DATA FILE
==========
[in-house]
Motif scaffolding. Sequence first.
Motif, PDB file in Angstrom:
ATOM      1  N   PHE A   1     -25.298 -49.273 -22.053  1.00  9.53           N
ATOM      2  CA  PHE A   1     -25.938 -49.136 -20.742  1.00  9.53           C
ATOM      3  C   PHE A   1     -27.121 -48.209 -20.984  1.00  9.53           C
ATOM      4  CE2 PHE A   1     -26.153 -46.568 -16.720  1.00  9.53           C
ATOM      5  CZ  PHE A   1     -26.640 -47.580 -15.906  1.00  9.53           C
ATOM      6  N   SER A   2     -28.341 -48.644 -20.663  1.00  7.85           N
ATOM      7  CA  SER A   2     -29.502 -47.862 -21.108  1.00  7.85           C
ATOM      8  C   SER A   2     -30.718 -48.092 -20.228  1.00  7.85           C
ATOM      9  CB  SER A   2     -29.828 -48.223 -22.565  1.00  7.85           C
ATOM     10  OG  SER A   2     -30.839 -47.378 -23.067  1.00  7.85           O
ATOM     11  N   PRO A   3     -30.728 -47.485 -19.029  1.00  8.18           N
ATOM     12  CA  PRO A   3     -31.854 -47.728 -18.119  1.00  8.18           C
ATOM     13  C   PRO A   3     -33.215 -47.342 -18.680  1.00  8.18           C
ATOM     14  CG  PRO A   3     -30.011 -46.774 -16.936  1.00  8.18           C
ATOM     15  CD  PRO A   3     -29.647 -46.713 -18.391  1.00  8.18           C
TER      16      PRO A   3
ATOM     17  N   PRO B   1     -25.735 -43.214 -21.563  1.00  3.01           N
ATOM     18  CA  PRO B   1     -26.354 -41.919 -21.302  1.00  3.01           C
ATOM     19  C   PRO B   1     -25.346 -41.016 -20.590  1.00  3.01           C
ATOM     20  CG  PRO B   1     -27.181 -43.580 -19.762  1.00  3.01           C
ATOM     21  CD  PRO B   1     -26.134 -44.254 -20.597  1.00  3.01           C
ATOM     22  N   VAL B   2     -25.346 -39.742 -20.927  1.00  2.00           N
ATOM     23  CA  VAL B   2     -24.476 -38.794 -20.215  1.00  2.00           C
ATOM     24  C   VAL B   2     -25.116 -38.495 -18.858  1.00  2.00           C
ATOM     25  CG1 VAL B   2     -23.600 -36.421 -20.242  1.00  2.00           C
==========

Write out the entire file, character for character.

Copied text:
[in-house]
Motif scaffolding. Sequence first.
Motif, PDB file in Angstrom:
ATOM      1  N   PHE A   1     -25.298 -49.273 -22.053  1.00  9.53           N
ATOM      2  CA  PHE A   1     -25.938 -49.136 -20.742  1.00  9.53           C
ATOM      3  C   PHE A   1     -27.121 -48.209 -20.984  1.00  9.53           C
ATOM      4  CE2 PHE A   1     -26.153 -46.568 -16.720  1.00  9.53           C
ATOM      5  CZ  PHE A   1     -26.640 -47.580 -15.906  1.00  9.53           C
ATOM      6  N   SER A   2     -28.341 -48.644 -20.663  1.00  7.85           N
ATOM      7  CA  SER A   2     -29.502 -47.862 -21.108  1.00  7.85           C
ATOM      8  C   SER A   2     -30.718 -48.092 -20.228  1.00  7.85           C
ATOM      9  CB  SER A   2     -29.828 -48.223 -22.565  1.00  7.85           C
ATOM     10  OG  SER A   2     -30.839 -47.378 -23.067  1.00  7.85           O
ATOM     11  N   PRO A   3     -30.728 -47.485 -19.029  1.00  8.18           N
ATOM     12  CA  PRO A   3     -31.854 -47.728 -18.119  1.00  8.18           C
ATOM     13  C   PRO A   3     -33.215 -47.342 -18.680  1.00  8.18           C
ATOM     14  CG  PRO A   3     -30.011 -46.774 -16.936  1.00  8.18           C
ATOM     15  CD  PRO A   3     -29.647 -46.713 -18.391  1.00  8.18           C
TER      16      PRO A   3
ATOM     17  N   PRO B   1     -25.735 -43.214 -21.563  1.00  3.01           N
ATOM     18  CA  PRO B   1     -26.354 -41.919 -21.302  1.00  3.01           C
ATOM     19  C   PRO B   1     -25.346 -41.016 -20.590  1.00  3.01           C
ATOM     20  CG  PRO B   1     -27.181 -43.580 -19.762  1.00  3.01           C
ATOM     21  CD  PRO B   1     -26.134 -44.254 -20.597  1.00  3.01           C
ATOM     22  N   VAL B   2     -25.346 -39.742 -20.927  1.00  2.00           N
ATOM     23  CA  VAL B   2     -24.476 -38.794 -20.215  1.00  2.00           C
ATOM     24  C   VAL B   2     -25.116 -38.495 -18.858  1.00  2.00           C
ATOM     25  CG1 VAL B   2     -23.600 -36.421 -20.242  1.00  2.00           C